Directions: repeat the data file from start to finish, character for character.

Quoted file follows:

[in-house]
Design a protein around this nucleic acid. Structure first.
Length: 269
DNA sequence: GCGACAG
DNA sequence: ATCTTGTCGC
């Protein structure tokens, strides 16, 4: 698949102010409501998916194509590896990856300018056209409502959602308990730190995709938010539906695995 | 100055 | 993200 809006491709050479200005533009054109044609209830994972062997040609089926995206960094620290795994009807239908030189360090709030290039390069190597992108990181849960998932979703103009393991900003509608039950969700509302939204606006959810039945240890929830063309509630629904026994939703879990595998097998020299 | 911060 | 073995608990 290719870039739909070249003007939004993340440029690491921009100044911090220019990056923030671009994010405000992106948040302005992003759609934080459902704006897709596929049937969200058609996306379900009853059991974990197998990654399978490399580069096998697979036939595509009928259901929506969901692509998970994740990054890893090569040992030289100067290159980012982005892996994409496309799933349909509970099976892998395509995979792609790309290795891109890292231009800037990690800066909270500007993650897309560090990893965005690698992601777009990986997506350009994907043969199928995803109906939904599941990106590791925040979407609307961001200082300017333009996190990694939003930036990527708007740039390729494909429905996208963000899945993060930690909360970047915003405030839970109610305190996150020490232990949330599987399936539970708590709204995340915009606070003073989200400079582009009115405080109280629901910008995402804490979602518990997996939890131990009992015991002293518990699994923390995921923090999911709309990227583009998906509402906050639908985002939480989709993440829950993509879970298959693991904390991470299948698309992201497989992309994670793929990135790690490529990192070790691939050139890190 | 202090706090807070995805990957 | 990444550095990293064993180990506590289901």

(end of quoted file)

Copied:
[in-house]
Design a protein around this nucleic acid. Structure first.
Length: 269
DNA sequence: GCGACAG
DNA sequence: ATCTTGTCGC
């Protein structure tokens, strides 16, 4: 698949102010409501998916194509590896990856300018056209409502959602308990730190995709938010539906695995 | 100055 | 993200 809006491709050479200005533009054109044609209830994972062997040609089926995206960094620290795994009807239908030189360090709030290039390069190597992108990181849960998932979703103009393991900003509608039950969700509302939204606006959810039945240890929830063309509630629904026994939703879990595998097998020299 | 911060 | 073995608990 290719870039739909070249003007939004993340440029690491921009100044911090220019990056923030671009994010405000992106948040302005992003759609934080459902704006897709596929049937969200058609996306379900009853059991974990197998990654399978490399580069096998697979036939595509009928259901929506969901692509998970994740990054890893090569040992030289100067290159980012982005892996994409496309799933349909509970099976892998395509995979792609790309290795891109890292231009800037990690800066909270500007993650897309560090990893965005690698992601777009990986997506350009994907043969199928995803109906939904599941990106590791925040979407609307961001200082300017333009996190990694939003930036990527708007740039390729494909429905996208963000899945993060930690909360970047915003405030839970109610305190996150020490232990949330599987399936539970708590709204995340915009606070003073989200400079582009009115405080109280629901910008995402804490979602518990997996939890131990009992015991002293518990699994923390995921923090999911709309990227583009998906509402906050639908985002939480989709993440829950993509879970298959693991904390991470299948698309992201497989992309994670793929990135790690490529990192070790691939050139890190 | 202090706090807070995805990957 | 990444550095990293064993180990506590289901």